3. 3. Advice on food production and preparation12. In order to promote consumers health, food trade may makereference to the following when producing and preparing food. Dueto the evidence on the adverse health effects of trans fats, membersof the trade are encouraged to take effective measures to reducethe trans fats levels in food products. Since the main source of transfats intake is from hydrogenated vegetable oils, these oils should beavoided and alternatives to be looked for. In addition, it is beneficialto consumers if the saturated fats levels and overall fat content infoods are lowered. The Food and Agriculture Organization of theUnited Nations (FAO) and the World Health Organization (WHO)suggest that diets should provide a very low intake of trans fats. Inpractice, this implies an intake of less than 1% of daily energy intake.As for saturated fats and total fats, the FAO and WHO recommendan intake of less than 10% and 15-30% of daily energy intakerespectively. For example, an individual with a daily energy intakeof 2 000 kilocalories should limit the daily intake of trans fats to lessthan 2.2 grams, saturated fats to less than 22.2 grams and totalfats to less than 66 grams. Members of the trade are encouraged tofollow healthy nutritional principles when producing foods.(I) Realise the source of trans and/or saturated fats in food13. To start with, members of the trade may first list out all the ingredients used in producing the foodand see which ingredients are high in trans fats and saturated fats. Trans fats are usually found inhydrogenated vegetable oils while animal fats (e.g. butter, lard, chicken skin, full cream milk, cheese),coconut oil and palm oil usually contain higher level of saturated fats.(II) Replace with healthier alternatives14. Fats and oils that are high in trans fats and saturated fats may be replaced by those high inmonounsaturated (e.g. canola oil and olive oil) and polyunsaturated fats (e.g. soybean oil, and corn oil),which are beneficial to health if taken in appropriate amount. If margarines and shortenings are to beused, choose those with low trans fats levels. The fatty acid profile of some oils can be found in Annex I.15. Oil and fat products containing reduced amount of trans fats are now available in the market tocater for the increasing demand and address consumers interest. The trade may wish to explore thefeasibility of using these products to replace high trans fats ingredients that are currently in use. Someexamples of these products are listed in Annex II for reference.(III) Reduce the total fat content of food16. To further reduce the total fat content of food, some tips are listed below. (i) Choose ingredients with lower fat content such as leaner cuts of meat and lower fat dairy products and cooking sauces. (ii) Provide more dishes that use low fat cooking methods such as steaming, poaching, grilling and baking, rather than deep-frying. (iii) Incorporate fruits, vegetables, whole grain cereals in food products or dishes. This will decrease the total fat content of the food and at the same time increase their fibre content. (iv) Ready-made margarine, butter, sauce, peanut butter can be provided on the side of the food products or dishes (e.g. in separate containers) instead of being mixed with the food before serving, so consumers have the choice to take up less fat.Centre for Food SafetyApril 2008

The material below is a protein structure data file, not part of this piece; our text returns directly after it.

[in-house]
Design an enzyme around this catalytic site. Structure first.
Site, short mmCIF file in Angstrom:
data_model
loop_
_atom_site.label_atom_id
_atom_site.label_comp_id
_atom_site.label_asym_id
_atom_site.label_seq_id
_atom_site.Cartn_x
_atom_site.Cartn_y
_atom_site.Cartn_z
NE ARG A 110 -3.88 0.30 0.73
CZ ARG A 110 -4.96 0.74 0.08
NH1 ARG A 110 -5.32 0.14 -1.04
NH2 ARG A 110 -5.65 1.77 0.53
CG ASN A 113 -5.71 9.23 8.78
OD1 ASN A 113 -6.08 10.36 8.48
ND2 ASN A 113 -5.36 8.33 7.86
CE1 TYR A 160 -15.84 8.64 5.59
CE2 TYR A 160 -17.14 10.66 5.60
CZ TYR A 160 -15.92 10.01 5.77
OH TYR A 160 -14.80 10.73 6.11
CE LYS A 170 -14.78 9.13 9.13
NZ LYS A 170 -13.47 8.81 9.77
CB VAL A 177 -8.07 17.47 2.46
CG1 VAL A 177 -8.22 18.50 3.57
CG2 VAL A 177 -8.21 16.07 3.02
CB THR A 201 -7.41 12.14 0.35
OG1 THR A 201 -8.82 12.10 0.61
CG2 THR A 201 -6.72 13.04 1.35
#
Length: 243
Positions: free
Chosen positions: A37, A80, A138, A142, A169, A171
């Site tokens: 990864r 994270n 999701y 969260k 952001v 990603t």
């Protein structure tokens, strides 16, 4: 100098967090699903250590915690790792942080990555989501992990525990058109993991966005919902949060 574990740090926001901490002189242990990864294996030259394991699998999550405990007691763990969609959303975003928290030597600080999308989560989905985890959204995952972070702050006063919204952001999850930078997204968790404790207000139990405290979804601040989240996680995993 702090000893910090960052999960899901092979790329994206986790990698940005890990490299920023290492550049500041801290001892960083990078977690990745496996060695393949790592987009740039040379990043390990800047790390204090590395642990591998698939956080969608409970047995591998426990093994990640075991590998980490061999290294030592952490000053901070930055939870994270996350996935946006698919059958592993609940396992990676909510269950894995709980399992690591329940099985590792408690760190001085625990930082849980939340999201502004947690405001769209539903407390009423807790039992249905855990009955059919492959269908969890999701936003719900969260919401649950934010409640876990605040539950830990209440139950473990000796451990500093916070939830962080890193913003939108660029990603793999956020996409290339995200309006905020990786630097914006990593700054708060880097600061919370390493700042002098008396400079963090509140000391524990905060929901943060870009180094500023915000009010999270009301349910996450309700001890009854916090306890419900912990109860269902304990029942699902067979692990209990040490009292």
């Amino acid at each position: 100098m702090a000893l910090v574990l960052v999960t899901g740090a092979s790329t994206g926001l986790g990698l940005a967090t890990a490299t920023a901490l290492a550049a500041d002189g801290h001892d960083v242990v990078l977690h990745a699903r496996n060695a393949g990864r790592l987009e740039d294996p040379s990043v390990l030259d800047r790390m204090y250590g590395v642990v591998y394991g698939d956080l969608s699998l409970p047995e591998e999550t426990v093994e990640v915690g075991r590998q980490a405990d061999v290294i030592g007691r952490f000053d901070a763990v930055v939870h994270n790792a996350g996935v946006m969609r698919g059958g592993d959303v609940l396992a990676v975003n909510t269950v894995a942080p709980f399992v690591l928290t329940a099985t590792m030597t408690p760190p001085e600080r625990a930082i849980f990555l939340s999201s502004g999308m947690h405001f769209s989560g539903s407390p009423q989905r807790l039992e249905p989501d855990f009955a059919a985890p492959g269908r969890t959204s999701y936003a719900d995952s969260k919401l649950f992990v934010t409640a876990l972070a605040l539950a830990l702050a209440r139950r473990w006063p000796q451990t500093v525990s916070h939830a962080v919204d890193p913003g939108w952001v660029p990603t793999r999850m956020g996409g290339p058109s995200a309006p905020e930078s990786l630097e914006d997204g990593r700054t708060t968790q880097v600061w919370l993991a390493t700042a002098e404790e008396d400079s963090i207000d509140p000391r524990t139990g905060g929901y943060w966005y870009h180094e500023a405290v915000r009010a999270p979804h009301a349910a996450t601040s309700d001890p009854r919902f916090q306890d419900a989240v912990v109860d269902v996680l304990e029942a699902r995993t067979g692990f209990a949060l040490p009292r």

4. 4. Annex I Comparison of oils and fats % Saturated fats % Trans fats % Monounsaturated fats % Polyunsaturated fats Canola oil 8 64 28 High oleic sunflower oil 10 86 4 Grapeseed oil 10 17 73 Corn oil 14 29 57 Olive oil 14 75 11 Soybean oil 16 24 60 Peanut oil 18 48 34 Cottonseed oil 27 19 54 Palm oil 51 39 10 Coconut oil 92 6 Margarine, 80% fat, stick 16 16 42 26 Margarine, 80% fat, tub 17 7 44 32 Margarine-butter blend 17 18 36 29 Vegetable shortening 24 34 35 7 Butter 66 4 26 4 Lard 41 47 12 Chicken fat 31 47 22Annex II Some examples of oil and fat products containing reduced amount of trans fats Product type Applications • Frying High/Mid-oleic sunflower oil • Baking • Blending with other oils • Frying High/Mid-oleic canola oil • Baking • Blending with other oils • Baking Oil with 80% diacylglycerides made by • Grilling interesterification of soybean/canola oil-derived- unsaturated fatty acids with glycerol • Frying • Salads • Baking Low-energy triglyceride blend made by • Confectionery interesterification • Biscuit filling • Baking (e.g., for cookies, pie crust, Nonhydrogenated shortening blends (e.g., canola, cakes, crackers, pizza base) soybean, sun or safflower oils) • Blending with other oils Reference: Tarrago-Trani MT, Phillips KM, Lemar LE, Holden JM. New and existing oils and fats used in products with reduced trans-fatty acid content. J Am Diet Assoc. 2006; 106:867-880. Published by the Centre for Food Safety, Food and Environmental Hygiene Department Printed by the Government Logistics Department (04/08)